Beyond those highlights, there was information on amazing research that is happening at McLean on PTSD, anabolic steroid use, cardiac concerns for psychotic patients and much, much, more. It was a very busy day and a half and there’s so much to think through, that I’m sure there’s another blog here.
We just got the news that our LAF scholarship recipient was awarded the Ashforth Family scholarship for the month of October…so he will have a total of 4 months and one week paid for at Appleton!!! He qualified for application to this scholarship because he was already at Appleton through LAF.
In late June we were made aware of a young man in need of assistance from our fund. He is college age and has been able to receive hospital care through his parents health insurance, but the family was unable to pay for the residential care he needed. He had been an in-patient at McLean Hospital several times earlier in the year as he would cycle in and out of the hospital. He really needed the support of a residential program and he met our criteria of having a psychotic disorder.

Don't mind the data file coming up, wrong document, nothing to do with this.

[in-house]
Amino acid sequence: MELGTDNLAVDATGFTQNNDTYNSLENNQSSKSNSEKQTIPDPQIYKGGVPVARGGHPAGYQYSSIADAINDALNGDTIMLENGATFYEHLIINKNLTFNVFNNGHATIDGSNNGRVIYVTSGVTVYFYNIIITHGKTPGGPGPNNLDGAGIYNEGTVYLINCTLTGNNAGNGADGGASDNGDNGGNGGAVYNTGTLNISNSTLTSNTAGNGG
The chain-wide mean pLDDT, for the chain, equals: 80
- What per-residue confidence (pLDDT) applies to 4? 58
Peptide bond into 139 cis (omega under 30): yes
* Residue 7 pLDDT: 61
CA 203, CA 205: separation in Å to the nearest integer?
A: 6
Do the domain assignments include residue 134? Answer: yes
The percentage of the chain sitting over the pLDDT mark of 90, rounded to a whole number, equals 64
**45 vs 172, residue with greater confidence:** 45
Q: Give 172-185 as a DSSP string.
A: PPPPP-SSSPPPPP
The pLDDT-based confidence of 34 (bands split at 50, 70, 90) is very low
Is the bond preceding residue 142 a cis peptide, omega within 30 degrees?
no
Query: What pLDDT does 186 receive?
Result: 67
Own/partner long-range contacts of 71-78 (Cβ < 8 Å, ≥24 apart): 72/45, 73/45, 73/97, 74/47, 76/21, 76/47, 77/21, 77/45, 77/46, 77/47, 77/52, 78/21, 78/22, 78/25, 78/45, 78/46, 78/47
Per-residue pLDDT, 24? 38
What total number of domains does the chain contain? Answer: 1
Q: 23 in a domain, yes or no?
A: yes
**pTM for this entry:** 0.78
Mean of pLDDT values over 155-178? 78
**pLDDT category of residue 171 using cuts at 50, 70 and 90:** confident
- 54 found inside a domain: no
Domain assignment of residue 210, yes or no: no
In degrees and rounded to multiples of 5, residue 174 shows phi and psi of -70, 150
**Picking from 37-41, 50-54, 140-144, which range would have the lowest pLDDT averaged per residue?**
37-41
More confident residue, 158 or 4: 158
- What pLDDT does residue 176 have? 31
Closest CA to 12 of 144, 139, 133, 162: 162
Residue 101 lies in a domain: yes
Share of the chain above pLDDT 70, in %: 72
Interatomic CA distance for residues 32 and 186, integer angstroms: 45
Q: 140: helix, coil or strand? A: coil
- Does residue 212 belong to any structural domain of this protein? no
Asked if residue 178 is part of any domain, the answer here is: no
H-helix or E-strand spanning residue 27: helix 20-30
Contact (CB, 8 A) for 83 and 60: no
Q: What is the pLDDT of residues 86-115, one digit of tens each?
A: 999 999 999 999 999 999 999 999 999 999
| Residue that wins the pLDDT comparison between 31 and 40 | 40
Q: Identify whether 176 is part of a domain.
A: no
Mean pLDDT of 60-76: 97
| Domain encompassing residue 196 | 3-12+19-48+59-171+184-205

With the help of generous donors (like you) in a very short amount of time (Dec 2013 to July 2014), we were able to fund him at McLean Appleton for the three months the clinical team believed he needed. As is often the case, as he is approaching the end of the time (end of September), the team has determined that he would really benefit from some more time. We no longer have the funds to help, but he is now eligible for another program that provides financial assistance for Appleton. That fund requires that someone already be in care and will help families extend for a short period of time. So, not only were we able (with your help!) to provide initial residential care, but due to that, he was eligible for this other program. We believe we have made a significant difference in his recovery (at least we hope so!)
So please, donate if you can, but also please tell others about our work. We anxiously want to be ready when the next opportunity comes to help someone in need. The need comes up very quickly, and we need to be in a position to act so that it can be a smooth transition from hospitalization to residential care.